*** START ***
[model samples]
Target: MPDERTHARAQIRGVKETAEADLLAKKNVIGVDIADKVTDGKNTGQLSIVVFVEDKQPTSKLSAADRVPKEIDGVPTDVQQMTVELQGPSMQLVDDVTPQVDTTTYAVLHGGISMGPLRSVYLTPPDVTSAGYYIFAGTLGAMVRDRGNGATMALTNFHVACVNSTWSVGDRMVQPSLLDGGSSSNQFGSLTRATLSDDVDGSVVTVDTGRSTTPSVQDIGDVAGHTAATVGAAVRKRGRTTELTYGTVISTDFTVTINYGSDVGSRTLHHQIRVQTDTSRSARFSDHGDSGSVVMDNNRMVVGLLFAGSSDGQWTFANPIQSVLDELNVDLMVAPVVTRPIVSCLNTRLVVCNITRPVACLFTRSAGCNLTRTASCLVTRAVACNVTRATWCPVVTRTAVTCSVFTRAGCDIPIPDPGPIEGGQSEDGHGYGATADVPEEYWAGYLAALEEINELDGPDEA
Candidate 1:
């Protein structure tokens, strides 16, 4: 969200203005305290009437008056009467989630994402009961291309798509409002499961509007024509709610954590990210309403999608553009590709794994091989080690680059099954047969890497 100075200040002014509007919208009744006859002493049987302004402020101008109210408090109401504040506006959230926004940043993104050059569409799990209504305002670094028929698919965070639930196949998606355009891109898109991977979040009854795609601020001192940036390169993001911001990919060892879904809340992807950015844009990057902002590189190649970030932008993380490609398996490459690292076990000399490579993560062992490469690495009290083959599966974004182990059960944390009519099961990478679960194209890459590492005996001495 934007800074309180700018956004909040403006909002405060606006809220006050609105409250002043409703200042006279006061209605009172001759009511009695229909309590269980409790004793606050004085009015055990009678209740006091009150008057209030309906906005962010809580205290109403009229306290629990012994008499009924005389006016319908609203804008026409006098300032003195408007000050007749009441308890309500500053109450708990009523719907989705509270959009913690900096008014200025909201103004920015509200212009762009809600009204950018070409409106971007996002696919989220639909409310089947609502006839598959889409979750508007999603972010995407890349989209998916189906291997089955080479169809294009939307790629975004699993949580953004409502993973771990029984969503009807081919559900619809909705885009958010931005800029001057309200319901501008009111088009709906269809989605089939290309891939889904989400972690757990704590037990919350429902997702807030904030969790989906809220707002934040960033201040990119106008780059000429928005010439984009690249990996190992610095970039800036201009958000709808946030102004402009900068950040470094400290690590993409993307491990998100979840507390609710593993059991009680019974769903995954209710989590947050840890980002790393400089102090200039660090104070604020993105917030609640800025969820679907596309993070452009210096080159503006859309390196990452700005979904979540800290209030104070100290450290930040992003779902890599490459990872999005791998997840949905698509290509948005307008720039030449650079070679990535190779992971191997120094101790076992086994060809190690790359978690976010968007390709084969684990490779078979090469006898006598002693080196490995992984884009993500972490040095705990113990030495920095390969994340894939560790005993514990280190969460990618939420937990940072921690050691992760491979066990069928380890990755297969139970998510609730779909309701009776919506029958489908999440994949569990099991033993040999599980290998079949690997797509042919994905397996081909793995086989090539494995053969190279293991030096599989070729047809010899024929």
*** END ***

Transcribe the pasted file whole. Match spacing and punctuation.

[model samples]
Target: MPDERTHARAQIRGVKETAEADLLAKKNVIGVDIADKVTDGKNTGQLSIVVFVEDKQPTSKLSAADRVPKEIDGVPTDVQQMTVELQGPSMQLVDDVTPQVDTTTYAVLHGGISMGPLRSVYLTPPDVTSAGYYIFAGTLGAMVRDRGNGATMALTNFHVACVNSTWSVGDRMVQPSLLDGGSSSNQFGSLTRATLSDDVDGSVVTVDTGRSTTPSVQDIGDVAGHTAATVGAAVRKRGRTTELTYGTVISTDFTVTINYGSDVGSRTLHHQIRVQTDTSRSARFSDHGDSGSVVMDNNRMVVGLLFAGSSDGQWTFANPIQSVLDELNVDLMVAPVVTRPIVSCLNTRLVVCNITRPVACLFTRSAGCNLTRTASCLVTRAVACNVTRATWCPVVTRTAVTCSVFTRAGCDIPIPDPGPIEGGQSEDGHGYGATADVPEEYWAGYLAALEEINELDGPDEA
Candidate 1:
């Protein structure tokens, strides 16, 4: 969200203005305290009437008056009467989630994402009961291309798509409002499961509007024509709610954590990210309403999608553009590709794994091989080690680059099954047969890497 100075200040002014509007919208009744006859002493049987302004402020101008109210408090109401504040506006959230926004940043993104050059569409799990209504305002670094028929698919965070639930196949998606355009891109898109991977979040009854795609601020001192940036390169993001911001990919060892879904809340992807950015844009990057902002590189190649970030932008993380490609398996490459690292076990000399490579993560062992490469690495009290083959599966974004182990059960944390009519099961990478679960194209890459590492005996001495 934007800074309180700018956004909040403006909002405060606006809220006050609105409250002043409703200042006279006061209605009172001759009511009695229909309590269980409790004793606050004085009015055990009678209740006091009150008057209030309906906005962010809580205290109403009229306290629990012994008499009924005389006016319908609203804008026409006098300032003195408007000050007749009441308890309500500053109450708990009523719907989705509270959009913690900096008014200025909201103004920015509200212009762009809600009204950018070409409106971007996002696919989220639909409310089947609502006839598959889409979750508007999603972010995407890349989209998916189906291997089955080479169809294009939307790629975004699993949580953004409502993973771990029984969503009807081919559900619809909705885009958010931005800029001057309200319901501008009111088009709906269809989605089939290309891939889904989400972690757990704590037990919350429902997702807030904030969790989906809220707002934040960033201040990119106008780059000429928005010439984009690249990996190992610095970039800036201009958000709808946030102004402009900068950040470094400290690590993409993307491990998100979840507390609710593993059991009680019974769903995954209710989590947050840890980002790393400089102090200039660090104070604020993105917030609640800025969820679907596309993070452009210096080159503006859309390196990452700005979904979540800290209030104070100290450290930040992003779902890599490459990872999005791998997840949905698509290509948005307008720039030449650079070679990535190779992971191997120094101790076992086994060809190690790359978690976010968007390709084969684990490779078979090469006898006598002693080196490995992984884009993500972490040095705990113990030495920095390969994340894939560790005993514990280190969460990618939420937990940072921690050691992760491979066990069928380890990755297969139970998510609730779909309701009776919506029958489908999440994949569990099991033993040999599980290998079949690997797509042919994905397996081909793995086989090539494995053969190279293991030096599989070729047809010899024929």